District of Columbia alleges Amazon broke antitrust laws by insisting third-party sellers not offer better deals on other platforms
Amazon on Tuesday has been hit with an antitrust lawsuit filed by the Attorney General of the District of Columbia (Washington DC).
Attorney General Karl Racine announced he is suing Amazon on antitrust grounds, claiming the company’s practices have “raised prices for consumers and stifled innovation and choice across the entire online retail market.”
Furthermore, the lawsuit also alleges that Amazon illegally maintained monopoly power through pricing contracts with third-party sellers. The complaint was filed in the District of Columbia Superior Court.
The Washington DC AG made clear that he believes Amazon has used its power in an allegedly anticompetitive manner.
“The Office of the Attorney General (OAG) alleges that Amazon fixed online retail prices through contract provisions and policies it previously and currently applies to third-party sellers on its platform,” said the announcement.
“These provisions and policies, known as “most favoured nation” (MFN) agreements, prevent third-party sellers that offer products on Amazon.com from offering their products at lower prices or on better terms on any other online platform, including their own websites,” the statement says.
The OAG says these agreements effectively require third-party sellers to incorporate the high fees charged by Amazon – as much as 40 percent of the total product price – not only into the price charged to customers on Amazon’s platform, but also on any other online retail platform.
“As a result, these agreements impose an artificially high price floor across the online retail marketplace and allow Amazon to build and maintain monopoly power in violation of the District of Columbia’s Antitrust Act,” the OAG said.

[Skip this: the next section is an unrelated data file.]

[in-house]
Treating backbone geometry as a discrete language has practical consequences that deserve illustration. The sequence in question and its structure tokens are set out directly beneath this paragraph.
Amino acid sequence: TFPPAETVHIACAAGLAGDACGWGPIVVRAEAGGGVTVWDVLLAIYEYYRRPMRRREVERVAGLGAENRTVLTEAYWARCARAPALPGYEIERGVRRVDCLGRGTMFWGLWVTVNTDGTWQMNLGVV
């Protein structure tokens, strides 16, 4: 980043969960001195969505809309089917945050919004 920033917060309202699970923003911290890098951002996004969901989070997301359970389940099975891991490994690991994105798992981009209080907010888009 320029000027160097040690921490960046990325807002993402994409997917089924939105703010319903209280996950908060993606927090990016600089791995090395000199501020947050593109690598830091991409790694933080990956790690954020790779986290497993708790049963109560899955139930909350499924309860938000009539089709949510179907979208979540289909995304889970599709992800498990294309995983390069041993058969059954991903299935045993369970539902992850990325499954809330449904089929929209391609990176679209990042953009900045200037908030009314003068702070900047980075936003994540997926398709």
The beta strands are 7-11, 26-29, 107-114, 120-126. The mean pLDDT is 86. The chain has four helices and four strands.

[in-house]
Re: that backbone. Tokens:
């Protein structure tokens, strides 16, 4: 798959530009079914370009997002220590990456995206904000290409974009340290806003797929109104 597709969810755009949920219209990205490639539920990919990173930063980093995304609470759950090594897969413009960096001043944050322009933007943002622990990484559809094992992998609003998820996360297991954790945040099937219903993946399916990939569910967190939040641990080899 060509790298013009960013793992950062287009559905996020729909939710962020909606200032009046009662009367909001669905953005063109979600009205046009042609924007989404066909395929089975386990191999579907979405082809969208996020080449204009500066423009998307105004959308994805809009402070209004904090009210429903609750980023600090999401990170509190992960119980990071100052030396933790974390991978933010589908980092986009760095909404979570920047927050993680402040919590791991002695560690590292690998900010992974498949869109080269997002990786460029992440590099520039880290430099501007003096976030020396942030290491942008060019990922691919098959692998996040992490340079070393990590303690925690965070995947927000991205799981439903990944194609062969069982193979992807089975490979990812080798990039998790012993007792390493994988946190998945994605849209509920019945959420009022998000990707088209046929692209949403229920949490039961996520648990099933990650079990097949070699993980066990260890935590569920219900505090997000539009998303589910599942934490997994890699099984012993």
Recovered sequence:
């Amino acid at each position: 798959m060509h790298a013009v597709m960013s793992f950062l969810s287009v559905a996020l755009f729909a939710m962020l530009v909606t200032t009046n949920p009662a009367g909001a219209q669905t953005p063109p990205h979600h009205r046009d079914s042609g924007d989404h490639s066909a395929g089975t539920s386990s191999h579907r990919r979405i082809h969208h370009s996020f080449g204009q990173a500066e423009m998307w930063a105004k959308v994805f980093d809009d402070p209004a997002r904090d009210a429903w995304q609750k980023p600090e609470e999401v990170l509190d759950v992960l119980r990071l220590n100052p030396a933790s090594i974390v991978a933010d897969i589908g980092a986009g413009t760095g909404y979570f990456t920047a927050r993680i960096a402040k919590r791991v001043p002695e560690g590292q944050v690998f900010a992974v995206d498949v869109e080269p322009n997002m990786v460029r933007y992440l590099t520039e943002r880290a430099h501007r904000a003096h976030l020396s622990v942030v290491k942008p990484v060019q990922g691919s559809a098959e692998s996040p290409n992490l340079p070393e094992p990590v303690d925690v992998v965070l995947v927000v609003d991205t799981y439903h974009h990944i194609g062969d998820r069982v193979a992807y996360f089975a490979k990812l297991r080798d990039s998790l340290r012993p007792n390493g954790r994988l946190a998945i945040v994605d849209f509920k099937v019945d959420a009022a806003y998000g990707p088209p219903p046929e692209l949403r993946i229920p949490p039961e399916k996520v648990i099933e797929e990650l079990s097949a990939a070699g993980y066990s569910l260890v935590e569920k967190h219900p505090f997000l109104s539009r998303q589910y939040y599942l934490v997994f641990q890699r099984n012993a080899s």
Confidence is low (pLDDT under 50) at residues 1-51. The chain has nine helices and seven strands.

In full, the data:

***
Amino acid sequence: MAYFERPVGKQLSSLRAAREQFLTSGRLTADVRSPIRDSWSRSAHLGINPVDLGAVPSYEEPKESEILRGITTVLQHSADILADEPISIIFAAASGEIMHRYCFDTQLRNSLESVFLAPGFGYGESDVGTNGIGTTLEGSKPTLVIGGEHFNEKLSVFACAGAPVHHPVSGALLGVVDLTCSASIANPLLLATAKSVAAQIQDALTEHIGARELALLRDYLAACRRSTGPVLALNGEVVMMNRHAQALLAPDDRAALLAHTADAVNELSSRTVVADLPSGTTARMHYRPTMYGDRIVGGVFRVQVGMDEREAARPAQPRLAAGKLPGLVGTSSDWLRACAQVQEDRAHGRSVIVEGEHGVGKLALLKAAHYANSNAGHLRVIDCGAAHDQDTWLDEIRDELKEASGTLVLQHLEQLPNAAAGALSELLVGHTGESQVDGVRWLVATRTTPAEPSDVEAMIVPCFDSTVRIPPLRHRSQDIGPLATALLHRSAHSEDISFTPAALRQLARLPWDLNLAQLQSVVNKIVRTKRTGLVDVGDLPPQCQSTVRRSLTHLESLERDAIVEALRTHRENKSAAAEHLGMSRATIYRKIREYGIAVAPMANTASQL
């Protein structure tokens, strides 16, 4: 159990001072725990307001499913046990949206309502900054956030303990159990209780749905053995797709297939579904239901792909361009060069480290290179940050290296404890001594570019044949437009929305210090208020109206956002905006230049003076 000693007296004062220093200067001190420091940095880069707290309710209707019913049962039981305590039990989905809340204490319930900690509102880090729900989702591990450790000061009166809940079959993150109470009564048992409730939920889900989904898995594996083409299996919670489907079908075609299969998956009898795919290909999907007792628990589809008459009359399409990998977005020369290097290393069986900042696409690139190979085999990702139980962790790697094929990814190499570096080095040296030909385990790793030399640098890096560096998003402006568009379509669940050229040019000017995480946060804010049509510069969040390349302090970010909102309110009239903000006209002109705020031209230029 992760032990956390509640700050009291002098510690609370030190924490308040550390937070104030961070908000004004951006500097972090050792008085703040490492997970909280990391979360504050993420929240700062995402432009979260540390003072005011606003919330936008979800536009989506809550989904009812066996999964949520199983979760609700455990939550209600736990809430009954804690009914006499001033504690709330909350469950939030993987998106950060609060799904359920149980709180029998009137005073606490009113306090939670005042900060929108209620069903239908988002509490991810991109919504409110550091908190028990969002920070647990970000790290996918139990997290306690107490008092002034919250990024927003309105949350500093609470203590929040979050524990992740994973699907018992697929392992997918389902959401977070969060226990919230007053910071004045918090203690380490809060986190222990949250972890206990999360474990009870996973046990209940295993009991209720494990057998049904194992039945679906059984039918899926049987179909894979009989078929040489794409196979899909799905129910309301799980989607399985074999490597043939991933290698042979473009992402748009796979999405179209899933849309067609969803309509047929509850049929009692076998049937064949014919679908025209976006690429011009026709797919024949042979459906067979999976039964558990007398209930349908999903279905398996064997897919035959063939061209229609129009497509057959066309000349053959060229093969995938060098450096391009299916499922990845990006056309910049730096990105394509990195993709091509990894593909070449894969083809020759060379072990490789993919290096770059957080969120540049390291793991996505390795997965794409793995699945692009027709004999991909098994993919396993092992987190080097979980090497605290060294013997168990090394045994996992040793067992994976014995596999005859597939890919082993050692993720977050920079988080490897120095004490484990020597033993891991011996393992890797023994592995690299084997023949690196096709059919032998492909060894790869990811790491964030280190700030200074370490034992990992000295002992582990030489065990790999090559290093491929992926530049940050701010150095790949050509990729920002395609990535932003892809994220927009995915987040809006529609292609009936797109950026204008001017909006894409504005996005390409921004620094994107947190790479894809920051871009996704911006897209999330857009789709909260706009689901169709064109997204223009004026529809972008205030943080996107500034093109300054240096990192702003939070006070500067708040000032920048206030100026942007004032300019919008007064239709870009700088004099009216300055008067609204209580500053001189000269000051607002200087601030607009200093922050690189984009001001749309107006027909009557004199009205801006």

“The effects of these agreements continue to be far-reaching as they harm consumers and third-party sellers, and suppress competition, choice, and innovation. OAG is seeking to put an end to Amazon’s control over online retail pricing, as well as damages, penalties, and attorney’s fees.”
“Amazon has used its dominant position in the online retail market to win at all costs,” said AG Racine. “It maximizes its profits at the expense of third-party sellers and consumers, while harming competition, stifling innovation, and illegally tilting the playing field in its favor.”
“We filed this antitrust lawsuit to put an end to Amazon’s illegal control of prices across the online retail market,” said AG Racine. “We need a fair online marketplace that expands options available to District residents and promotes competition, innovation, and choice.”
The OAG pointed out that Amazon is the world’s largest online retailer, controlling 50-70 percent of the online market sales.
It also has over two million independent third-party sellers rely on Amazon Marketplace.
The OAG alleges that in 2019, Amazon claimed to have removed its price parity policy that explicitly prohibited third-party sellers from offering their products on a competing online retail sales platform, including the third-party sellers’ own website, at a lower price or on better terms than offered the products on Amazon.
“But in fact, Amazon quickly and quietly replaced the price parity policy with an effectively-identical substitute, its Fair Pricing Policy,” said the OAG. “Under the Fair Pricing Policy, third-party sellers can be sanctioned or removed from Amazon altogether if they offer their products for lower prices or under better terms on a competing online platform.”
Got it backwards
Amazon was quick to respond to the antitrust lawsuit from District of Columbia, with an Amazon spokesperson reportedly saying that Racine “has it exactly backwards.”
“Sellers set their own prices for the products they offer in our store,” CNN reported Amazon as saying. “Amazon takes pride in the fact that we offer low prices across the broadest selection, and like any store we reserve the right not to highlight offers to customers that are not priced competitively.”
Amazon reportedly said Racine’s proposed remedy would “force Amazon to feature higher prices to customers.”
Other is also facing similar action on this side of the pond.
Last week tougher new laws in Germany were used to begin an antitrust investigation of Amazon over alleged market domination.
And in November 2020, the European Commission hit Amazon with its “Statement of Objections”, which it said concerns “the use of non-public independent seller data”.
It alleged that Amazon had used data on third-party sellers that use its marketplace to boost sales of its own-label goods.